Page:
Hyperbaric hydrogen therapy: a possible treatment for cancer

  title={Hyperbaric hydrogen therapy: a possible treatment for cancer},
  author={Malcolm Dole and F R Wilson and W P Fife},
  pages={152 - 154}
Hairless albino mice with squamous cell carcinoma were exposed to a mixture of 2.5 percent oxygen and 97.5 percent hydrogen at a total pressure of 8 atmospheres for periods up to 2 weeks in order to see if a free radical decay catalyzer, such as hydrogen, would cause a regression of the skin tumors. Marked aggression of the tumors was found, leading to the possibility that hyperbaric hydrogen therapy might also prove to be of significance in the treatment of other types of cancer. 
Atmospheric pressure effects on tumor growth: hypobaric anoxia and growth of a murine transplantable tumor.
Life-span studies showed a maximum of 36% increase in longevity in the hypobaric pressure-exposed mice when compared to that of unexposed controls, and a special role for hypoxia, perhaps even in oncogenesis, is suggested.
Medical Application of Hydrogen in Hematological Diseases
The clinical advances of hydrogen gas in hematological disorders are presented and it is proven that hydrogen is an important physiological regulatory factor with antioxidative, anti-inflammatory, and antiapoptotic effects.
Hydrogen-rich water exerts anti-tumor effects comparable to 5-fluorouracil in a colorectal cancer xenograft model
Administration of HRW, with or without 5-FU, may serve as a therapeutic for treating CRC, which significantly reduced tumor weight and size, as well as reduced collagen deposition and the degree of fibrosis, while further increasing OS and decreasing AA compared to administration of5-FU alone.
Discussion: Protective Effect of Hydrogen Gas Inhalation on Muscular Damage Using a Mouse Hindlimb Ischemia-Reperfusion Injury Model.
In conclusion, inhaled hydrogen gas inhalation resulted in significant improvement in the histologic appearance of skeletal muscle following ischemia-reperfusion injury, noting decreased areas of necrosis and of polymorphonuclear cell infiltration.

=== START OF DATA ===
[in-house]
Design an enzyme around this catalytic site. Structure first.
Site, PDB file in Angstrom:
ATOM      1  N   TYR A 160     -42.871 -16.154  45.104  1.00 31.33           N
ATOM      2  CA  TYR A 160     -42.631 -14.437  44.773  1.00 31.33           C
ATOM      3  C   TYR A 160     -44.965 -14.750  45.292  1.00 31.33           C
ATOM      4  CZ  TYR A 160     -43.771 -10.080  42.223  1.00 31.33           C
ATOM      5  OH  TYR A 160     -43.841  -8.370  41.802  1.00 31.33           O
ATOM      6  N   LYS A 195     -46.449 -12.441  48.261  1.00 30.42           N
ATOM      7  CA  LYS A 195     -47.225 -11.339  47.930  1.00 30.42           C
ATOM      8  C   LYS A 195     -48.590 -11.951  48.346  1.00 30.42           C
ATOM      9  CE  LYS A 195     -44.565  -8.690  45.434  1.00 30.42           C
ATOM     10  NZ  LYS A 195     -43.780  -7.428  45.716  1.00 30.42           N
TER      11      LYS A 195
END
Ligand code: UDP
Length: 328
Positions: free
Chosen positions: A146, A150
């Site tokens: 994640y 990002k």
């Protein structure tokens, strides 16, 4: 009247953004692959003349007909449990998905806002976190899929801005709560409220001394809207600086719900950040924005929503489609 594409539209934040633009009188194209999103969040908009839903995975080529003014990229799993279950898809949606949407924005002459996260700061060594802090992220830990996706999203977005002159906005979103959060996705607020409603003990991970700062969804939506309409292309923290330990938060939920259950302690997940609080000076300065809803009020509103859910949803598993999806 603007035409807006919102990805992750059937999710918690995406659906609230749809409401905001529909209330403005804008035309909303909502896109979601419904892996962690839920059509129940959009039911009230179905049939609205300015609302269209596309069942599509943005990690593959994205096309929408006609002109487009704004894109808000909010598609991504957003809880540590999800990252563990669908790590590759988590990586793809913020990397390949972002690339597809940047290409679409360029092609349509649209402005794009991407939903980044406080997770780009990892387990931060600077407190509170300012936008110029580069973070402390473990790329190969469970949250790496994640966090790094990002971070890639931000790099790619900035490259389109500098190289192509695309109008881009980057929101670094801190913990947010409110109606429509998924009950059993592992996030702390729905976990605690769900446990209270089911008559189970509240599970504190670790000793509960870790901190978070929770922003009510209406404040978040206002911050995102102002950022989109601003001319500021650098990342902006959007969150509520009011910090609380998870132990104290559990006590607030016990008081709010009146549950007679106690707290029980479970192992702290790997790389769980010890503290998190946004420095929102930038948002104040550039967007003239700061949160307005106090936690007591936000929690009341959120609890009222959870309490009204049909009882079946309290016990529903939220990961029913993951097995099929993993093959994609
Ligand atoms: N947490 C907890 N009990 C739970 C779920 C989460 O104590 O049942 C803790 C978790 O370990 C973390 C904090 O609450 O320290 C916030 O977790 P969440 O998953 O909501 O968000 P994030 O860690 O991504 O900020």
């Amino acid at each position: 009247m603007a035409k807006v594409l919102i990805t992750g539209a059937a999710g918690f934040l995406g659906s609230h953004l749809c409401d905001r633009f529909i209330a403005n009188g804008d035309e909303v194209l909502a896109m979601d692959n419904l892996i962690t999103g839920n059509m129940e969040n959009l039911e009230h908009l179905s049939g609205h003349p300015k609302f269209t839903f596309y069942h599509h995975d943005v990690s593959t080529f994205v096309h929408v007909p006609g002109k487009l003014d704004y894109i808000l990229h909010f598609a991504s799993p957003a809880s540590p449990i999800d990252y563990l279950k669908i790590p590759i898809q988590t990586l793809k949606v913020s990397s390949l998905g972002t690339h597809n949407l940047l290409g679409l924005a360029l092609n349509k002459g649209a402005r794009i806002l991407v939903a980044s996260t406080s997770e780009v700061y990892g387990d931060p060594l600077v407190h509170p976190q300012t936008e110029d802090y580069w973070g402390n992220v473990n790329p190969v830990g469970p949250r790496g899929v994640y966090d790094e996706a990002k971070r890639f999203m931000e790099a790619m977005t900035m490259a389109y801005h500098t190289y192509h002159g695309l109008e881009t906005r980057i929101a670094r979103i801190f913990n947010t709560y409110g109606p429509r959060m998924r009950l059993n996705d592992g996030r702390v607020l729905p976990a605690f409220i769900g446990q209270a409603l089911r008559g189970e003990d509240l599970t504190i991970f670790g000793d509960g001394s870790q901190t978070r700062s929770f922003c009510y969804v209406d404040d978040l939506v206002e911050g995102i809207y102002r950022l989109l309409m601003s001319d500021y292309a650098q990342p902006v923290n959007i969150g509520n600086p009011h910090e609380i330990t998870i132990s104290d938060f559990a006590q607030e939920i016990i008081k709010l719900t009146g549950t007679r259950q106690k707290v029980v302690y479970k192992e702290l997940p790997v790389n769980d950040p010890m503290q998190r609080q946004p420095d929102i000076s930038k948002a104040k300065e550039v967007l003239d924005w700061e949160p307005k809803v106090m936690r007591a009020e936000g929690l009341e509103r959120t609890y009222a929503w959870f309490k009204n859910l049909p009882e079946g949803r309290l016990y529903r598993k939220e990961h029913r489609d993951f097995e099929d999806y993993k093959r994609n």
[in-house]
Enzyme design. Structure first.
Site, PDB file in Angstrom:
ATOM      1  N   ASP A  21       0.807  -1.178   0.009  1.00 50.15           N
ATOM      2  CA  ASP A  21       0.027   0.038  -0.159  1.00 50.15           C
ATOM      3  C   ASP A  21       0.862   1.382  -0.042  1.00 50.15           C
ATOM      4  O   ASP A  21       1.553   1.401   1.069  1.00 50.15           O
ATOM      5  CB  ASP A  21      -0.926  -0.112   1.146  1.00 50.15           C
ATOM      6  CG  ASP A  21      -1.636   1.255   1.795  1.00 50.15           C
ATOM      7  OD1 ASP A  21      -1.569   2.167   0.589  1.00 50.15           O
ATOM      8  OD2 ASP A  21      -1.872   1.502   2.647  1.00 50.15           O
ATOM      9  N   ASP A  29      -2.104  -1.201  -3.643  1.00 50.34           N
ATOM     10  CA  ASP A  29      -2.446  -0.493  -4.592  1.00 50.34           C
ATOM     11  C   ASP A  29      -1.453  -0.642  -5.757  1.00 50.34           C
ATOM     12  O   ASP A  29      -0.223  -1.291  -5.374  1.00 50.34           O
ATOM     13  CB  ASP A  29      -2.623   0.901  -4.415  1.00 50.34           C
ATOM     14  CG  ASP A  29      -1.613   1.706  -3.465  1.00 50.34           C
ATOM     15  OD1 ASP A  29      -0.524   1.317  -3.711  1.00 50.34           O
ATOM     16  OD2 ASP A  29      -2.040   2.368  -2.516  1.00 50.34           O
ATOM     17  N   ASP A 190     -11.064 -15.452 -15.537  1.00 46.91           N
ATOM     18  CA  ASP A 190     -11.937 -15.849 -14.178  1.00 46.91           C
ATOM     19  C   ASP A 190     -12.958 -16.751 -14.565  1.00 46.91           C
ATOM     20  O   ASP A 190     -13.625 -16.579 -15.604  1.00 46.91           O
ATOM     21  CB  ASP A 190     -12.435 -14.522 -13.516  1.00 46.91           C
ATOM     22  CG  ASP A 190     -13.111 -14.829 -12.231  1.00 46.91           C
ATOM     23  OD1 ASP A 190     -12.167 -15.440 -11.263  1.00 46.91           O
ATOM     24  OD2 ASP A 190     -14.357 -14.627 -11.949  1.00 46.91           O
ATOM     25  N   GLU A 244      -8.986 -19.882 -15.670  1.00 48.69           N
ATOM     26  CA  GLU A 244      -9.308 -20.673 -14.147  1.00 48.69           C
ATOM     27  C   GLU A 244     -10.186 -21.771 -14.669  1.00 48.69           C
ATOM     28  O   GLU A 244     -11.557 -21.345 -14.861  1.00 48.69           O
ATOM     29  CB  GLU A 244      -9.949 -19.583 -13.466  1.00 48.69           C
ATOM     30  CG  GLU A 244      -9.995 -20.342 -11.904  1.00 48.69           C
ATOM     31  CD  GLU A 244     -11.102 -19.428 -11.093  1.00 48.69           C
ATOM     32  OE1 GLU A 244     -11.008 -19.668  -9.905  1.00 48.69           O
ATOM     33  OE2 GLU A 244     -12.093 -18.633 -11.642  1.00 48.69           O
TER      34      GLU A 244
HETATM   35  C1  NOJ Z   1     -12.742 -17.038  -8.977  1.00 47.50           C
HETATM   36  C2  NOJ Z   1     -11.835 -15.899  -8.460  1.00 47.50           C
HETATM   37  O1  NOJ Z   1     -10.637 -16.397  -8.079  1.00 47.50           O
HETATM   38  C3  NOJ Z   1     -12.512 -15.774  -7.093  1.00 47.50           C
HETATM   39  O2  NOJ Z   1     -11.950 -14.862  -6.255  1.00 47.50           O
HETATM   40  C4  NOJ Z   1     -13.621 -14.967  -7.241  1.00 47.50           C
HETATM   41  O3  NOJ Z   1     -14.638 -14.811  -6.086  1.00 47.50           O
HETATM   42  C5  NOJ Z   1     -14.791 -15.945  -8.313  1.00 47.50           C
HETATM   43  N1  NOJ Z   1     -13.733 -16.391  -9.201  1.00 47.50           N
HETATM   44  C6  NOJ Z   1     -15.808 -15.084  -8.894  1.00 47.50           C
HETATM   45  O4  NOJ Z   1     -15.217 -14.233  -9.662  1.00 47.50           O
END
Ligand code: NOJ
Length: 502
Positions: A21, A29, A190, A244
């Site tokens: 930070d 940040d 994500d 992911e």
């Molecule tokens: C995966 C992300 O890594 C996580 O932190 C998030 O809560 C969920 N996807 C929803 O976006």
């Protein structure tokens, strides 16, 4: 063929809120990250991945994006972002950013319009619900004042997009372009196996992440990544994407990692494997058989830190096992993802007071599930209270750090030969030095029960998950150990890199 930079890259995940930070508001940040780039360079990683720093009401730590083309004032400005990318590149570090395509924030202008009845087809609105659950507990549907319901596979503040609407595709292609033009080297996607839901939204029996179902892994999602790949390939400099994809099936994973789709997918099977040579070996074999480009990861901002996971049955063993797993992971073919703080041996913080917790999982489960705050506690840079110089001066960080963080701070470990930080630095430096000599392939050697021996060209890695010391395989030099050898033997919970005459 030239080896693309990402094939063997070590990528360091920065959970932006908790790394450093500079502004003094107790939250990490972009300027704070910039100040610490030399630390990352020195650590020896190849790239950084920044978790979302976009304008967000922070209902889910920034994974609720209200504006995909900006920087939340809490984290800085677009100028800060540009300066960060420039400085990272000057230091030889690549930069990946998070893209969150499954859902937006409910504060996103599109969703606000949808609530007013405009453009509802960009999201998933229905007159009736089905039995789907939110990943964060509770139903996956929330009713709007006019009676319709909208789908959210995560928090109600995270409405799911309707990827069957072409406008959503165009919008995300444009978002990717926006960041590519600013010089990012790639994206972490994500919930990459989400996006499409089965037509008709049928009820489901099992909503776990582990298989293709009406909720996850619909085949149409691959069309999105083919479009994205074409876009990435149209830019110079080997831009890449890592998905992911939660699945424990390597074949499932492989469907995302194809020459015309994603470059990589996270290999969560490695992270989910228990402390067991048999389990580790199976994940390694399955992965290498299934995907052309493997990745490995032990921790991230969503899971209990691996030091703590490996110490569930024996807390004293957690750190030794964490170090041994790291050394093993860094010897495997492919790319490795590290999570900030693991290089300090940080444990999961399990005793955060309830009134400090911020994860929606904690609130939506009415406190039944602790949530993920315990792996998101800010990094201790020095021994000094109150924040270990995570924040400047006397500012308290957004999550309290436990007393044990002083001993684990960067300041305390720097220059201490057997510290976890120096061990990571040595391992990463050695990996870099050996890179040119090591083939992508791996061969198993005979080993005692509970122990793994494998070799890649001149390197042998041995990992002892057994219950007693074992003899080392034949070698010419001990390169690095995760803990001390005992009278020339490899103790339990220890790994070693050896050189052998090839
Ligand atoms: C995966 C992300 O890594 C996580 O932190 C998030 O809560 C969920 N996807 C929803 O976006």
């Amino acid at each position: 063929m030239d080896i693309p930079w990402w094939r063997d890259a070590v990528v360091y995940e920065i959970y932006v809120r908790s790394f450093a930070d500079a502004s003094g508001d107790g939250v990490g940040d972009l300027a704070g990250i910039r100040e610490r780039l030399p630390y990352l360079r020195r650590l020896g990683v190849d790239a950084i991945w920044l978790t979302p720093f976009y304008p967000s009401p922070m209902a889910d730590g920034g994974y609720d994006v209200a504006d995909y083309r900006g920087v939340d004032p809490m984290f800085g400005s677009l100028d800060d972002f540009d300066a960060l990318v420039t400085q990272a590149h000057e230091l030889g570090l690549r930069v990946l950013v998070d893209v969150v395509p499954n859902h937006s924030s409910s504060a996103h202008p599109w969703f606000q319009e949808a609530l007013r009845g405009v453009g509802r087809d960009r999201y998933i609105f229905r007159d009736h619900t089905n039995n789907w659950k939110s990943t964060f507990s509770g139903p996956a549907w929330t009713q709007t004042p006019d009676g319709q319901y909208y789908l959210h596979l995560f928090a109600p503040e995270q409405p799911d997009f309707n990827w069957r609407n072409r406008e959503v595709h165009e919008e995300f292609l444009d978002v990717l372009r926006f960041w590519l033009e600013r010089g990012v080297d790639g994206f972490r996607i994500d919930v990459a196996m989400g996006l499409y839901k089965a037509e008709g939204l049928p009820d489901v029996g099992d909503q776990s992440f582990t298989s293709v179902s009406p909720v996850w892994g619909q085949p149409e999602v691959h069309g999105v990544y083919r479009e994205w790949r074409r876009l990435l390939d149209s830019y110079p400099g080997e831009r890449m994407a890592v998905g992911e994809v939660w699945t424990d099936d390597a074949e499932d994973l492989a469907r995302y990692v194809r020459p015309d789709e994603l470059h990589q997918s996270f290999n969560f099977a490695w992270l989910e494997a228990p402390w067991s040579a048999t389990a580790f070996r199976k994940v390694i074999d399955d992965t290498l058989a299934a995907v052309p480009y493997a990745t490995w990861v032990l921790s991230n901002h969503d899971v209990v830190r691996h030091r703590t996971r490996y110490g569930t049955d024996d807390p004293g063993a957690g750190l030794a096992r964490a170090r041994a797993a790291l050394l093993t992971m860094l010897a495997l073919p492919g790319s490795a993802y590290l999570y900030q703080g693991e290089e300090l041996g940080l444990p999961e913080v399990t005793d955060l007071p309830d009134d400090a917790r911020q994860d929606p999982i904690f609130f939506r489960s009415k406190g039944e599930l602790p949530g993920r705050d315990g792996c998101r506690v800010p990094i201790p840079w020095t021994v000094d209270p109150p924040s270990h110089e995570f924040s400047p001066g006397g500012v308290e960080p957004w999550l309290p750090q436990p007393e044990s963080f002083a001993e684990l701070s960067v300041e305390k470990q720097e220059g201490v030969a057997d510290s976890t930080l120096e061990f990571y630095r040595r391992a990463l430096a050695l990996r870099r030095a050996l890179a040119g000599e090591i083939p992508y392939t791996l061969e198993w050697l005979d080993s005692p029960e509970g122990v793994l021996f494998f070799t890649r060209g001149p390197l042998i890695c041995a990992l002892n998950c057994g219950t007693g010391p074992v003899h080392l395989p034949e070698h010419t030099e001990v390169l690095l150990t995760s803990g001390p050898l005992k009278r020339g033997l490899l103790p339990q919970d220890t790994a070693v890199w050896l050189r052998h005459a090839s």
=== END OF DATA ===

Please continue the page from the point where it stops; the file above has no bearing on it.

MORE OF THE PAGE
Hydrogen as a New Class of Radioprotective Agent
Encouraging results suggested that H2 represents a potentially novel preventative strategy for radiation-induced oxidative injuries and administration of hydrogen-rich solution (physiological saline/pure water/other solutions saturated with H2) may be more practical in daily life and more suitable for daily consumption.
Magnesium galvanic cells produce hydrogen and modulate the tumor microenvironment to inhibit cancer growth
By decorating platinum on the surface of Mg rods, a Mg-based galvanic cell (MgG), which allows the continuous generation of H2 in an aqueous environment due to galvanic-cell-accelerated water etching of MG, suggests that the galvanic cells for hydrogen therapy based on implantable metals may be a safe and effective cancer treatment.
Molecular hydrogen and radiation protection
The protective effect of H2 in irradiated cells and mice for the first time is reported, and encouraging results suggested that H2 has a potential as a radioprotective agent with efficacy and non-toxicity.
Inhalation of hydrogen gas attenuates cisplatin-induced ototoxicity via reducing oxidative stress.
A possible prevention strategy of radiation pneumonitis: Combine radiotherapy with aerosol inhalation of hydrogen-rich solution
  • Yunhai Chuai, Luqian Zhao, J. Cai
  • Medicine, Biology
    Medical science monitor : international medical journal of experimental and clinical research
  • 2011
It is hypothesize that a treatment combining radiotherapy with aerosol inhalation of a hydrogen-rich solution may be an effective and novel prevention strategy for radiation pneumonitis (hydrogen is explosive, while a hydrogen -rich solution such as physiological saline saturated with molecular hydrogen is safer).


Paramagnetic changes during development of a transplanted AKR-J leukemia in mice as measured by electron spin resonance.
Paramagnetic changes occurring during tumor development were studied in the mouse AKR leukemia (transplanted) model system using electron spin resonance and found only in blood and in organs directly involved by the leukemic cells.
Oxygen: boon and bane.
D . C . Waterman and M . Dole
  • J . Phys . Chem .
  • 1970
Second Summary Report on Combustion Safety in Diving Atmo- spheres (Defense Documentation No. AD 689545
  • Government Printing Office,
  • 1969
  • J. Am. Chem. Soc
  • 1968
Contribution No. 5066 from the A. A. Noyes Laboratory of Chemical Physics
Second Summary Report on Combustion Safety in Diving Atmospheres (Defense Documentation No. AD 689545, Government Printing Office